The New Encyclopedia of Islam is the only single-volume work in print which so comprehensively encompasses the beliefs, practices, history and culture of the Islamic world, in over 1300 entries. It has the further unique advantage of being written by a Western scholar of the Islamic faith, and has thus been already widely praised for straddling the cultures with an understanding and respect for the themes and topics covered. All aspects of religious belief, ritual, practices, prayer, significant political movements, spiritual and political leaders, art, architecture, sects, law, social institutions, history, ethnography, nations and states, languages, science, major cities and centers of learning are covered. Order outside North America, contact Stacey International Publishers, London ―Worldwide coverage ―Nearly 1300 accessible entries ―Assumes no previous knowledge of Islam ―24 pages of full-color photographs ―16 pages of color maps, dynastic charts, and diagrams ―The most comprehensive single-volume reference on Islam available ―60 new or substantially revised entries from the last edition New or substantially revised entries in the 2001 edition: Abd al-Qadir, Amir Ahkam Ahmad of Rae Bareilly Alexander's Wall Albania Algerian Democratic Republic Ali Shir Nava'i Amir Khusraw Dihlawi Aqsaqalism Atabat Azad Bangladesh Barabanschiki Bareilly Barilwis Basmachis Beloshaposhniki Bosnia and Herzegovina Constitution of Medina Deoband Dsnmeh Dungan Elkhasaios Faraidi Movement Faramush Khaneh Fundamentalism Ghalib, Mirza Asad Allah Khan Hafiz Hamas Harrah Herat Ibn Masarrah Khaksars Ilyas Isfahan Istanbul JamaO Kalmuck Kazakhstan Khiva Khomeini Kirghiz Kubra, Najm ad-Din Kumun Kurds Lahore Lakhmids Mawardi Ossetians Ovliad Rabitah al-Islamiyyah Rudaki Russia de Sacy Sahmi-i Imam Tablighi JamaO aat Tajiks Taliban Turkmenistan Zikrism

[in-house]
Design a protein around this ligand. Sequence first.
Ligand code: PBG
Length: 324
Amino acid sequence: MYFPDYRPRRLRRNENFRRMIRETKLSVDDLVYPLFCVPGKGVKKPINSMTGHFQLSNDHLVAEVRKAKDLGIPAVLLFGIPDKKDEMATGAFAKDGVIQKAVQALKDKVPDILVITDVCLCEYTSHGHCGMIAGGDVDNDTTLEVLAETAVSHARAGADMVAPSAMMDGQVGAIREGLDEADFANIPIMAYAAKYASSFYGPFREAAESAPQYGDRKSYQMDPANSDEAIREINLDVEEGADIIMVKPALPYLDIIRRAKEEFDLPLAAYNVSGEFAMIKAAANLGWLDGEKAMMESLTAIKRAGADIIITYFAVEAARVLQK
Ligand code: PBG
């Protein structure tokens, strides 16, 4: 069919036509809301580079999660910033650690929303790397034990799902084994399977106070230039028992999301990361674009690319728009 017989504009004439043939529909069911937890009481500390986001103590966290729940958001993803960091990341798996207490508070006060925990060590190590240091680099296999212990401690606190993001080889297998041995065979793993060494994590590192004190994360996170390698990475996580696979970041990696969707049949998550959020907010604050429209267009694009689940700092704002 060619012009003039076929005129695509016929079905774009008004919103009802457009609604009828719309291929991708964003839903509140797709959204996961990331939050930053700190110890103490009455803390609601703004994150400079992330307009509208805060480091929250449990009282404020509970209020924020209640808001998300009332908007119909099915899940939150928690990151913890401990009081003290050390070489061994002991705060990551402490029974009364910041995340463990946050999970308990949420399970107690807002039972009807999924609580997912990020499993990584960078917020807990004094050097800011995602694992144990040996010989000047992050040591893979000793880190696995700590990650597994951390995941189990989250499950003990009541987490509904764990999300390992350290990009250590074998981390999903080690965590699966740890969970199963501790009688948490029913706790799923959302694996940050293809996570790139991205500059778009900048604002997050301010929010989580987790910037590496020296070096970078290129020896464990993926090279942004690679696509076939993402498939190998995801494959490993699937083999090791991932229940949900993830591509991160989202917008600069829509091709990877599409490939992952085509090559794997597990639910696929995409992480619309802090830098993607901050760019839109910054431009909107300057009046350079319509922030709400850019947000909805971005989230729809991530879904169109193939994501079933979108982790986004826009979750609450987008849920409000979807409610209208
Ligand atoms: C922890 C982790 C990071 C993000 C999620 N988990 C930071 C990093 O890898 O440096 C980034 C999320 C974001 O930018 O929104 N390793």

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Born in 1944, Cyril Glasse, author of The New Encyclopedia of Islam, is an American citizen of mainly Russian descent. He is currently an international lecturer on comparative religion, and is preparing a timeline of Islamic history (alongside other works). He has recently lectured at the University of Saratov, Russia; the Oriental Institutes in St Petersburg and Moscow; at the Grand Mosque, Tashkent; the Badshahi Mosque, Lahore; the University of Calabria, Italy; the Open Center and Cooper Union in New York; and at Lund Sweden. He is the author of The Berlitz Guide to Saudi Arabia, editor of A Pilgrim's Guide to Mecca for the Hajj Research Center of King Abd al-'Aziz University in Jeddah. His graduate degree in Islamic Studies from Columbia College in 1991 had been preceded 15 years earlier with a degree, also from Columbia, in Russian. As a young man, Cyril Glasse worked in Morocco as a volunteer on a United Nations development project. It was in Ouzzanne, the religious center in the foothills of the Rif mountains in Morocco, and site of age-old Arabo-Islamic institutions, that Glasse converted to Islam. In the late 1960s, he studies there with traditional teachers, and faqihs. At the same period of early life he conversed or studied with the heads of various important mosques and centers of pilgrimmage, including Moulay Idriss Zerhoun, the Imam of the Qarawiyyin, Sidi Boush'arah (one of the last surviving representatives of the Shaykh Tayyib Darqawi), Sidi Ahmad al-'Alawi (of Algeria), and various other 'ulama (scholars of theology). His acquaintanceship and region of studies included association with wandering dervishes and Sufis of various orders. In parallel, he studied the full range of Western academic authorities on Islam (and the other major religions), in the five langauges of which he has a fluent command. From this period Glasse has continued to travel extensively throughout the Islamic world, attending spiritual centers in Maurentia, Algeria, Egypt, Turkey, Arabia, India, Pakistan, Indonesia, and the republics of Central Asia. He has an intimate acquaintance with Mecca. From 1972-1978 his main residential base was Switzerland, as editor of an international journal. He now lives in New York City, with his wife and son.Review: